The newly elected president of the Philippines is a tough-talking sexist who thrives off of hate speech and populist anger. If this reminds you of another high-profile US politician, it’s probably no surprise that the international media has christened Rodrigo Duterte “the Trump of the East.”
But while there may be superficial similarities between the two men, the comparison is not very useful. (For one thing, Duterte himself supports Hillary Clinton.) To understand Duterte’s rise to power, it’s far more productive to take a look at the historical experience of the marginalized people in the poorest island of the Philippines.
The Philippines is a southeast Asian country, but it is predominantly Christian and English-speaking. It has periodically been the subject of campaigns for American statehood; just 80 years ago, Filipinos carried US passports. If the Philippines had joined the US, it would be a red state. It is socially conservative and angry—the perfect breeding ground for right-wing populism.
In recent years, the Philippine economy has grown at a breakneck pace under the outgoing administration of Benigno Aquino III. But everyday annoyances have made people impatient: traffic has turned Manila highways into parking lots, government bureaucracy remains inefficient, and the corner cop still demands bribes. And although the Aquino government has reported a decline in industrial-size meth labs, the country is still one of East Asia’s highest users of crystal meth.
Duterte campaigned on a law and order platform, vowing to “suppress” criminality and drugs within three to six months of his inauguration. He’s suggested that the public invest in funeral parlors, because there will be a greater need for them once he’s in power.
Duterte is a sexist who never fails to brag about his womanizing. He supports the vigilante killings of criminals and has faced allegations of corruption. But voters have overlooked all of this because they believe in his political will to right whatever wrongs plague them.
His supporters fall into two primary categories, each indicative of his capacity to serve as a kind of Rorschach test for very different people. A good proportion of Duterte’s supporters are rich, SUV-driving misogynists in Manila who actively rejoiced as the bully (Duterte) picked on the nerd (his opponent, Mar Roxas) in public debates. They laughed as their candidate cracked his famous joke about wanting to be first to rape an Australian missionary.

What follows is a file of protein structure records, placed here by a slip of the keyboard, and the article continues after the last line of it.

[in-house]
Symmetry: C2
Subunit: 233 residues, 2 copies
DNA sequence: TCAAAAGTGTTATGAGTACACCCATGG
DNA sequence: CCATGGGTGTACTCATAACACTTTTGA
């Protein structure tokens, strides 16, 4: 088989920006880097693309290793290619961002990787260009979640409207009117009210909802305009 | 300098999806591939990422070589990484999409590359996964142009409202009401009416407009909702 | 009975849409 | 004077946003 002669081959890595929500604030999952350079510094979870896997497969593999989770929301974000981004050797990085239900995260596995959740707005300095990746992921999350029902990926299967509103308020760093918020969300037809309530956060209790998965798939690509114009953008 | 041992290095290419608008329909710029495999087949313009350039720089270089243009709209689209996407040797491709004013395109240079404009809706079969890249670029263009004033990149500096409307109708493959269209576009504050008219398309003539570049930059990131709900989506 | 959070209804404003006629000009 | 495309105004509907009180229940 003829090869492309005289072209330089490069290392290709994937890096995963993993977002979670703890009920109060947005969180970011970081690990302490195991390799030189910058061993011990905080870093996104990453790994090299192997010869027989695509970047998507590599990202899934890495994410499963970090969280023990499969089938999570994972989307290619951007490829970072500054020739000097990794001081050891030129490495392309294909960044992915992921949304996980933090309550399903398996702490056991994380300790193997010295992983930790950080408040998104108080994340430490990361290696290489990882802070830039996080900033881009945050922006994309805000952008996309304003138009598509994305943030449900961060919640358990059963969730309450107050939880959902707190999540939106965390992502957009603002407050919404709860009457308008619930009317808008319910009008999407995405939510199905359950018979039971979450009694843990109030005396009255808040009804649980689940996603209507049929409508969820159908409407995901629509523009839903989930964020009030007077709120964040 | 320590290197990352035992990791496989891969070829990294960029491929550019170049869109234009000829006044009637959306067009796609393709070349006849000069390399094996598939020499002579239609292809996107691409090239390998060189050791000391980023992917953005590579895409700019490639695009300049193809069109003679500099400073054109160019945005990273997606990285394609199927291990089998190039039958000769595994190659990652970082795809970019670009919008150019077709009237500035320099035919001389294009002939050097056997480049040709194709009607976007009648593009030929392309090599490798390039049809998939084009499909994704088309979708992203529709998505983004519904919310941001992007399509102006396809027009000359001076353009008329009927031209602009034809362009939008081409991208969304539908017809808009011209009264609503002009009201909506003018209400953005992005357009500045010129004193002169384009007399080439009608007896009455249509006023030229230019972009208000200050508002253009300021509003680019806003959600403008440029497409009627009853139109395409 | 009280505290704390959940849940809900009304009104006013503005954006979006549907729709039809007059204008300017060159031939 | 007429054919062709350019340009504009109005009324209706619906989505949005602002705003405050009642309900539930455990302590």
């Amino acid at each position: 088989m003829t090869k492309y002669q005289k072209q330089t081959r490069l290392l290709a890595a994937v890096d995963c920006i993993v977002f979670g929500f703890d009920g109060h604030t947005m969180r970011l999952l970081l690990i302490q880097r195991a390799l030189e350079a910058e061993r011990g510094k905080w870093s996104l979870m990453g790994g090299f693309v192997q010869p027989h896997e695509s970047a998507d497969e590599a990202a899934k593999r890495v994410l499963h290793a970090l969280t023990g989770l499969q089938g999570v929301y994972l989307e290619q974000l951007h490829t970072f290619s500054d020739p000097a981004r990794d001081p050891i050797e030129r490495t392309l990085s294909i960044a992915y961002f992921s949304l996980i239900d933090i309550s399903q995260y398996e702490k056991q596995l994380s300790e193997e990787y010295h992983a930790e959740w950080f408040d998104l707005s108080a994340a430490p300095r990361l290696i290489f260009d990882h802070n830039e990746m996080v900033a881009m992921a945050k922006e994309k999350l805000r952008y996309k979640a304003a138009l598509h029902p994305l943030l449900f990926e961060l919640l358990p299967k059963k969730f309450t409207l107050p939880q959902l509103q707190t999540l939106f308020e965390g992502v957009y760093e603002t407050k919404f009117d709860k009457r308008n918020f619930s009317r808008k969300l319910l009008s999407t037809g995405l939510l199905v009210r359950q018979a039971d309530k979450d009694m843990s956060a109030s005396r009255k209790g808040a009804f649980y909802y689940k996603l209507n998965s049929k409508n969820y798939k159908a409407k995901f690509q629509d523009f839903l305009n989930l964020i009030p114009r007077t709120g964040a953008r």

But Duterte’s original constituency is distinct from, and opaque to, the bros of Manila. He is a representative of the marginalized island of Mindanao.
The Philippines is divided into three island groups: Luzon, the Visayas islands, and Mindanao. Twelve presidents have come from Luzon, and three from three from the Visayas. But none, until Duterte, have hailed from Mindanao.
Eleven out of the 20 poorest provinces in the Philippines in Mindanao, and it is the hotbed of a separatist Islamic insurgency. Given its unique history as home to the country’s Muslim minority, it fits uneasily in the Luzon-centered narrative of Philippine nationalism. Residents of Manila rarely discuss Mindanao’s politics. When they do, they tend to caricature it as a violent breeding ground for terrorists.
Duterte was the candidate of law and order, but he was also the candidate of regional representation. Journalist Carolyn Arguillas, who has covered the mayor for decades, notes that Duterte was the “lone candidate among five” to espouse changing the political system from its current, highly centralized setup. Instead, Duterte proposed a federal, parliamentary system in that would give underdeveloped regions outside Luzon greater autonomy in both political and economic matters.
Duterte’s election represents the country’s geographic margins invading its center. This is evident even in the way Duterte talks. Compared to other politicians, he rarely speaks in the Tagalog of “imperial Manila.” The mayor prefers his native Visayan (more commonly spoken in Mindanao). When addressing a national audience, he speaks in a hard, Visayan-accented English. There is also no Tagalog or English equivalent for his Visayan rhetorical strategy of bugal-bugal—a form of mocking exaggeration directed at incredulous interlocutors. When he said he would fatten the fish of Manila Bay with the bodies of dead criminals, for example, he was engaged in bugal-bugal.
None of this excuses the mayor for the hate speech that he and his followers unleashed in the course of the campaign. Duterte is a con artist, and he is dangerous. He campaigned on the slogan “change is coming,” but his prospective cabinet is an all-boys club of former bureaucrats from the corrupt and discredited government of Aquino’s predecessor, Gloria Macapagal-Arroyo. One of his first orders as president will be to arm neighborhood civilians to combat drugs pushers.
The guy deserves criticism from Western media. But it’s misleading to compare him to a privileged New Yorker with a comb-over. Unfortunately, dangerous leaders these days come in many forms.
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